APPEAL OF: NBD Bank, N.A.
Gene E. Brooks, Judge.
ARGUED OCTOBER 25, 1996
DECIDED DECEMBER 12, 1996
This appeal raises the difficult issue of the standard for valuing secured claims in a Chapter 13 bankruptcy. When secured claims are filed in a liquidation (Chapter 7), the most common form of bankruptcy, the debtor's assets are sold and from the proceeds of the sale the secured creditors recover the market value of their collateral, plus, if they are undersecured--that is, owed more than those proceeds--the equivalent of deficiency judgments in the form of unsecured claims for the difference between what they are owed and what their collateral fetched at the sale. We say when secured claims are made in a liquidation because unless the secured creditor is oversecured (which would mean that the debtor retained equity in the collateral) he has, in principle, the alternative of bypassing the bankruptcy and foreclosing on his lien, In re Tarnow, 749 F.2d 464, 465 (7th Cir. 1984), although it will ordinarily be to his advantage to file a claim, Lynn M. LoPucki, Strategies for Creditors in Bankruptcy Proceedings secs. 7.5, 7.8, and p. 400 (2d ed. 1991), and he may even find himself dragged into the bankruptcy proceeding against his will. In re Lindsey, 823 F.2d 189, 191 (7th Cir. 1987).
The price obtained in a liquidation is usually a wholesale rather than a retail price. Retail value is simply wholesale value plus the costs of selling at retail, In re Ebbler Furniture & Appliances, Inc., 804 F.2d 87, 92 (7th Cir. 1986) (concurring opinion), and those costs are avoided when the collateral is sold by a repossessing creditor who is not himself a retail dealer, or by his surrogate, the sheriff or a trustee in bankruptcy, see Douglas G. Baird & Thomas H. Jackson, Cases, Problems, and Materials on Bankruptcy 10 (2d ed. 1990)--neither of whom is a retail dealer-- rather than by a secured creditor who does happen to be a retailer. Liquidation value, in other words, normally is wholesale value. Once in a while a secured claim must be valued in a Chapter 7 proceeding, rather than enforced through the sale of the collateral. This might be necessary because the assets have been sold in a bloc and the proceeds have to be allocated among the secured creditors, or to determine whether the debtor has any equity in the collateral or how much he must offer in order to redeem the collateral. 11 U.S.C. secs. 362(d)(2)(A), 722. But we can disregard these exceptions to the use of the market to place a value on the debtor's assets in a liquidation.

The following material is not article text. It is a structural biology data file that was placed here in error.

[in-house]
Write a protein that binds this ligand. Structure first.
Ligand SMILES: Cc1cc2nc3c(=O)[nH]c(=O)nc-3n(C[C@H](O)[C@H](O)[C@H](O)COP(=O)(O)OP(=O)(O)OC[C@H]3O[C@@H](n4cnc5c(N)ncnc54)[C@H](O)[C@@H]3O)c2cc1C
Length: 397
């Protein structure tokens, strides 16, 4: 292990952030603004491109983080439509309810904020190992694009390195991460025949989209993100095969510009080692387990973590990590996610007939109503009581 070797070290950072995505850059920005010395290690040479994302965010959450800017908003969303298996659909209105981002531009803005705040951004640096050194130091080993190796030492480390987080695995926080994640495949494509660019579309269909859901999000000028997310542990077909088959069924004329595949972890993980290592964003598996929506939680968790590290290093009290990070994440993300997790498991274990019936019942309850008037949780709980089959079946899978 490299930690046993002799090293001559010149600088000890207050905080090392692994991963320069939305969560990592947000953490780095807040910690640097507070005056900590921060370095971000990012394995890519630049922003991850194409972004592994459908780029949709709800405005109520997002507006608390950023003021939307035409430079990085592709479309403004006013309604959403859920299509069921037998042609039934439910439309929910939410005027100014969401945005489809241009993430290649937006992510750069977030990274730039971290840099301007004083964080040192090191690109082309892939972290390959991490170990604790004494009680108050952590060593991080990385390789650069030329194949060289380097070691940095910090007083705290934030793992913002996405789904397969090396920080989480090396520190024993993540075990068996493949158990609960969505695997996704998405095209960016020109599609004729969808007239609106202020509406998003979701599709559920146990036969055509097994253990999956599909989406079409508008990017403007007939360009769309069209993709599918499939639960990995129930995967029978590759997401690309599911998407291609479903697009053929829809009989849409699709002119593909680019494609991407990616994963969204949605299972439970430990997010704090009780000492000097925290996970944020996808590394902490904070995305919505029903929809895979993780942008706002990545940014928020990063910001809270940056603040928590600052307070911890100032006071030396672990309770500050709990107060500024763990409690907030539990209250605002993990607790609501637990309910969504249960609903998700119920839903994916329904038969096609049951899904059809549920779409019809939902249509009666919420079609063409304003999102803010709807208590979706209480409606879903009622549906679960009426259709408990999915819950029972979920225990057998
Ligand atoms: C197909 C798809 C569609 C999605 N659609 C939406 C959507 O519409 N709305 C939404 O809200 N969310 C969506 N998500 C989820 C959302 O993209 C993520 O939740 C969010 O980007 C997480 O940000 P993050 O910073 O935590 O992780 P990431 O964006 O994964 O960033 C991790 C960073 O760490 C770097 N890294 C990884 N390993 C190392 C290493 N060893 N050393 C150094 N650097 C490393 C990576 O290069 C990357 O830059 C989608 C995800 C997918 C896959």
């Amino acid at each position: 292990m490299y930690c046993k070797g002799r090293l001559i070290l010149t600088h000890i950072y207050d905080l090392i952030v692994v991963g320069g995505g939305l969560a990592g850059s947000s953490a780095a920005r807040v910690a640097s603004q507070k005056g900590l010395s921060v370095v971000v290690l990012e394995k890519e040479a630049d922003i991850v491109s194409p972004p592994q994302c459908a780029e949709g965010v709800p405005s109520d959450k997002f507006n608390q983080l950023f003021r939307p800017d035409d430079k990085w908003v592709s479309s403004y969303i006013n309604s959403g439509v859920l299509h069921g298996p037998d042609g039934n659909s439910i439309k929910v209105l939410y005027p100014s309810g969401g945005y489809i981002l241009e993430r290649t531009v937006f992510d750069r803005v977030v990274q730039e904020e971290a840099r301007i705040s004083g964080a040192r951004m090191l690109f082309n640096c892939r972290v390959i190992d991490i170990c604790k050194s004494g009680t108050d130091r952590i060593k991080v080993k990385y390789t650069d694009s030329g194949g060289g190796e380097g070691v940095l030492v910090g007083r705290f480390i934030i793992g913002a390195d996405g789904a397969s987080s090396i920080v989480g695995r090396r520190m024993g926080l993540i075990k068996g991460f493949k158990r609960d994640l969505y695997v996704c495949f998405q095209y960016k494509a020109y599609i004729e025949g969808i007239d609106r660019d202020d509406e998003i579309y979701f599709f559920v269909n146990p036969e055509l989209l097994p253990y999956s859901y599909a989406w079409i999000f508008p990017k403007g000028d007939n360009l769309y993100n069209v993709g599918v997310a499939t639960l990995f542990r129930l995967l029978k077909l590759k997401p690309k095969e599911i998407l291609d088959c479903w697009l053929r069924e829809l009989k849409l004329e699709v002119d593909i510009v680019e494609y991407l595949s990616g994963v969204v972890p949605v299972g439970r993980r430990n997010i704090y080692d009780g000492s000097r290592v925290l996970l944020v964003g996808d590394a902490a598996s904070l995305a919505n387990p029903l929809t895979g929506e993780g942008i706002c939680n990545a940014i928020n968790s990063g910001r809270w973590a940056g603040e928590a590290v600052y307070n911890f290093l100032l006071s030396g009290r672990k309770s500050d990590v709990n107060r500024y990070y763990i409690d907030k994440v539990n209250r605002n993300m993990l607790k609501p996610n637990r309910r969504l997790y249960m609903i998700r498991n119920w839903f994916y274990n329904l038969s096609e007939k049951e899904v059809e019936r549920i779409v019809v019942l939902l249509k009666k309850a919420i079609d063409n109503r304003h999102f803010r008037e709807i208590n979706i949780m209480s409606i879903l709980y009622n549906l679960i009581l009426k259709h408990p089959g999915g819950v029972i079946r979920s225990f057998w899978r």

In a corporate reorganization under Chapter 11 of the Bankruptcy Code, the debtor retains its assets. Any secured creditor who is neither paid in full on the spot nor permitted to foreclose on his lien exchanges his original security interest for a new interest--common or preferred stock, or debentures or some other type of bond. Chapter 13 is a counterpart to Chapter 11, but for individuals who have a regular income, rather than for business firms. In re Schaitz, 913 F.2d 452, 453 (7th Cir. 1990). Chapter 13 authorizes the bankruptcy court to confirm a plan under which the debtor will be permitted to retain possession of the collateral of his secured creditors, and the creditors (both secured and unsecured) will in effect refinance their loans, much as in a Chapter 11 reorganization. The secured creditor is entitled to receive a security interest, or other property, at least as valuable as his original secured claim, 11 U.S.C. sec. 1325(a)(5)(B), so it becomes essential to value that original claim. That value is defined by section 506(a) as  "the value of [the] creditor's interest in the estate's interest in [the] property" of the debtor's estate in which the creditor has his lien,  as "determined in light of the purpose of the valuation and of the proposed disposition or use of [the] property."
NBD Bank, the appellant, has a lien on the Hoskinses' 1990 Ford Tempo. The trustee in bankruptcy, in his proposed Chapter 13 plan, valued the bank's secured claim at $3,987.50, which is midway between the stipulated retail value of the car, $4,650.00, and the stipulated wholesale value, $3,325.00. The bankruptcy court confirmed the plan, including the valuation of the car proposed by the trustee. 183 B.R. 166 (Bankr. S.D. Ind. 1995). The district judge affirmed. The bank appeals, contending that the retail value is the proper value.
The briefs and arguments of the parties are full of false starts. Both sides appeal to the "plain meaning" of section 506(a)--a bad sign. Both claim the authority of case law for their position, while acknowledging as they must that the circuits are divided on the proper standard for valuing the interests of secured creditors in Chapter 13 proceedings. Compare In re Rash, 90 F.3d 1036, 1060-61 (5th Cir. 1996) (en banc) (wholesale value), with In re Taffi, 96 F.3d 1190 (9th Cir. 1996) (en banc) (Chapter 11); In re Trimble, 50 F.3d 530 (8th Cir. 1995); In re Winthrop Old Farm Nurseries, Inc., 50 F.3d 72, 74-76 (1st Cir. 1995) (Chapter 11); In re McClurkin, 31 F.3d 401, 404-05 (6th Cir. 1994); In re Coker, 973 F.2d 258, 260 (4th Cir. 1992) (all retail value); see generally 2 Keith M. Lundin, Chapter 13 Bankruptcy sec. 5.48 (2d ed. 1994). When there is a circuit split, there is no "authority" to guide the undecided circuits. Authority is a ground for decision over and above reasons, and so drops out when the courts to whose authority another court might defer cannot agree on the proper resolution of the issue. We are not bound by the decision of another circuit. But if the only other circuit or circuits to have decided the issue had decided it one way, this would be a reason over and above the reasoning employed in those decisions for following them.